By Paolo von Schirach
February 6, 2014
WASHINGTON – Whatever the final outcome of the Iran nuclear negotiations, Iran has already won. Just by hinting about a desire to reach a deal, it has received a huge prize: moral rehabilitation. All of a sudden, a more friendly looking president Hassan Rouhani is described as the embodiment of a gigantic –and certainly benign–policy shift. Iran, it is now clear, wants peace with the West –really. You want proof? Well, he says he wants a deal. What more do you want?
Negotiations are good, give diplomacy a chance
Well, sensible people would want more, a lot more than just generic declarations. And so far it is clear that Iran, at best, is prepared to freeze its advanced nuclear program in place, a totally meaningless gesture because the country would retain all it needs to resume creating weapons grade material at a moment’s notice. But the world is mostly happy. “Look, there are negotiations. The Americans and the Iranians are sitting at the same table, and they are talking. There is clearly a thaw in relations. This must be good.”
No real concessions
I doubt it. The Iranians are prepared to make symbolic gestures in exchange for fewer or no sanctions. I believe that they have made a shrewd calculation about how tough the West really is. And they have concluded that through a charm offensive it is possible to break the sanctions front without giving anything up.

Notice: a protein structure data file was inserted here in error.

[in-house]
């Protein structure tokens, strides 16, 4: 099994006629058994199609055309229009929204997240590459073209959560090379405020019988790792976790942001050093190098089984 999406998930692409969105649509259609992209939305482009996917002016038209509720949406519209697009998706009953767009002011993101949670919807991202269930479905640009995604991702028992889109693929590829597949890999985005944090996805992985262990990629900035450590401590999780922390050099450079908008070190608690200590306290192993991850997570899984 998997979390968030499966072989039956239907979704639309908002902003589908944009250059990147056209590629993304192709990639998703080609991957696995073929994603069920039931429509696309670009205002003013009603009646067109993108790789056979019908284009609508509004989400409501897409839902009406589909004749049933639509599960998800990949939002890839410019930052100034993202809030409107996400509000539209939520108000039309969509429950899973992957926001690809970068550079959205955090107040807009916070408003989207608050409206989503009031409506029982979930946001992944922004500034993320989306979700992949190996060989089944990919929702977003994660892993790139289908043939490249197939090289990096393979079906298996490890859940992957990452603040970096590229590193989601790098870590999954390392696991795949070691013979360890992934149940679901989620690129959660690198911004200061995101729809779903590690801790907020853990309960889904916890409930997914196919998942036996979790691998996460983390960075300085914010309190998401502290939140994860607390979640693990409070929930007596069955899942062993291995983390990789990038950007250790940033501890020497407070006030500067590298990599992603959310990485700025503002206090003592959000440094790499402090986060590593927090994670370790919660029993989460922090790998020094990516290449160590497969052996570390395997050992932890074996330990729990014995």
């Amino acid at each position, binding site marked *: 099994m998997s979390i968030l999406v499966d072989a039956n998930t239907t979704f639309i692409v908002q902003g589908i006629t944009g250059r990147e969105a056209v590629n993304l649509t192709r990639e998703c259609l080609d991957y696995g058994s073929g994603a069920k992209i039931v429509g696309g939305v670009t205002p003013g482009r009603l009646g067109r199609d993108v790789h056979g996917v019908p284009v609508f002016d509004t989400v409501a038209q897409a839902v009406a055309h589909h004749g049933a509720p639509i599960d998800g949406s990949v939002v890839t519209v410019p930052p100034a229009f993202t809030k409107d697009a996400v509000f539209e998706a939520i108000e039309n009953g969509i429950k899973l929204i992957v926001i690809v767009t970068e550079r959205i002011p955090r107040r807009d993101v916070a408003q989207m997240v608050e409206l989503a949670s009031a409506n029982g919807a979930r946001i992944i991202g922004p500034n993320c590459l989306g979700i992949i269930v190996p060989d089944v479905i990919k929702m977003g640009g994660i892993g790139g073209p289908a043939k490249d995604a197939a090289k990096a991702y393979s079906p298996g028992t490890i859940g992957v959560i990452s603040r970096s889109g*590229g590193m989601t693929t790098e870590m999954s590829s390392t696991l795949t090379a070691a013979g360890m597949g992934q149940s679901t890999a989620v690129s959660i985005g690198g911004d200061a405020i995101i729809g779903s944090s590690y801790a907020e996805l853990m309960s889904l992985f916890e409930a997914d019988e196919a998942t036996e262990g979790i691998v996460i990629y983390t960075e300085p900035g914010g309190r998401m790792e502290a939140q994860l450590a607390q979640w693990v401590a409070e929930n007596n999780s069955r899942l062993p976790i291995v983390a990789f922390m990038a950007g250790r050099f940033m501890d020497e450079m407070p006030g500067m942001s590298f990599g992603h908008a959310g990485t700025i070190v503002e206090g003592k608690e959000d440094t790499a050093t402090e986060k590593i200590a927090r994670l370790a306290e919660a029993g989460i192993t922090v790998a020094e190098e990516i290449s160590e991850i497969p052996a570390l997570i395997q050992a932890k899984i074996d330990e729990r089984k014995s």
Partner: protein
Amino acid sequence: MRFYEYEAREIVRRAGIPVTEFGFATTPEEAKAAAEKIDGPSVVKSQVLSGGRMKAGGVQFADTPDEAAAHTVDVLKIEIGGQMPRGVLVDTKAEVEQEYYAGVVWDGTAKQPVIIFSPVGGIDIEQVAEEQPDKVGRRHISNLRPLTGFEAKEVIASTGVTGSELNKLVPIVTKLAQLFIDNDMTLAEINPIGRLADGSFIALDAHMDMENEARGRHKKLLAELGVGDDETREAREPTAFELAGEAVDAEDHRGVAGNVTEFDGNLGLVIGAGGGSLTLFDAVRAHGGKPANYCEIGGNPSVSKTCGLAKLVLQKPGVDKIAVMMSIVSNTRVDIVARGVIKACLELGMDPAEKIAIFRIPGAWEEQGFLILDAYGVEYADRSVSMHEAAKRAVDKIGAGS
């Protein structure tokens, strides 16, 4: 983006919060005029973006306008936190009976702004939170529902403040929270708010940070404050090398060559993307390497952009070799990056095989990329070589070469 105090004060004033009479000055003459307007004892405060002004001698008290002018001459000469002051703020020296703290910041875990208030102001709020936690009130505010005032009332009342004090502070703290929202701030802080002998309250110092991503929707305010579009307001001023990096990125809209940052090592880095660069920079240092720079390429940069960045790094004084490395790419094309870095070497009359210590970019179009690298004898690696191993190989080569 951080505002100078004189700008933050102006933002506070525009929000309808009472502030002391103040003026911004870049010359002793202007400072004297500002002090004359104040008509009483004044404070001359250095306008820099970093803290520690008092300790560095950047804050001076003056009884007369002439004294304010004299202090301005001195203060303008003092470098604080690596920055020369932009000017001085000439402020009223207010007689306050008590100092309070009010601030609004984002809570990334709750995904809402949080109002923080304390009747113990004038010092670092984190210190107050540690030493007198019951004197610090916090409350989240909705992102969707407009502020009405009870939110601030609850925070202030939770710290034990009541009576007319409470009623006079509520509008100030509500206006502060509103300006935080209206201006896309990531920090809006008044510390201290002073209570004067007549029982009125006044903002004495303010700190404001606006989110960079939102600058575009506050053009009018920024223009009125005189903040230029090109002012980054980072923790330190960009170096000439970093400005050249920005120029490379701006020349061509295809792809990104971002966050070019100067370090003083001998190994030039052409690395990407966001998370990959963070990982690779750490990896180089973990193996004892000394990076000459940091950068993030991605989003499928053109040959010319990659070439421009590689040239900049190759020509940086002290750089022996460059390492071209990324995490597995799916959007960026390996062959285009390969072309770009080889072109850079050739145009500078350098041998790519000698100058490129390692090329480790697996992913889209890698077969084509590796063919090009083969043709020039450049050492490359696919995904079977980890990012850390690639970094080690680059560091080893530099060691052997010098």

They will keep saying that they have no intention to make nuclear weapons. But they want to keep in place a program that is inconsistent with their declared purpose of pursuing only a civilian use of nuclear technology. And so they are adamant about their will to keep in place all their capabilities to easily build nuclear weapons at any point in the future, this way retaining their prestige and influence in the region. In the meantime, all those in the West who are salivating at the prospect of business opportunities with Iran will lobby their governments so that they will accept any deal, including a bad deal.
Cracking the sanctions front
The current Washington official policy stance whereby “if Iran misbehaves we are ready to put in place even tougher sanctions“, may deter the Iranians for a while. But watch out. When we all get used to doing business with a “normal” Iran, it will be very difficult to recreate a strong, pro-sanctions united front. And, without a united front, sanctions are meaningless.
The Iranians know all this and most likely are counting on this outcome. A charm offensive is the best tool to create cracks in what has been until yesterday a strong pro-sanctions front that really damaged the country’s economy. And consider how easy this is. Just by looking a bit more reasonable, they have already won the public relations battle.
Pariah state no more
Think about it. Beyond its nuclear program clearly in contravention with the non proliferation regime, Iran is a state that sponsors terrorism against Israel. It is the principal ally of Assad in Syria, and the main threat to the security of the region. And yet now they get away with all this simply via the election of a new president who smiles and says he wants peace.
Not a bad comeback for a pariah state.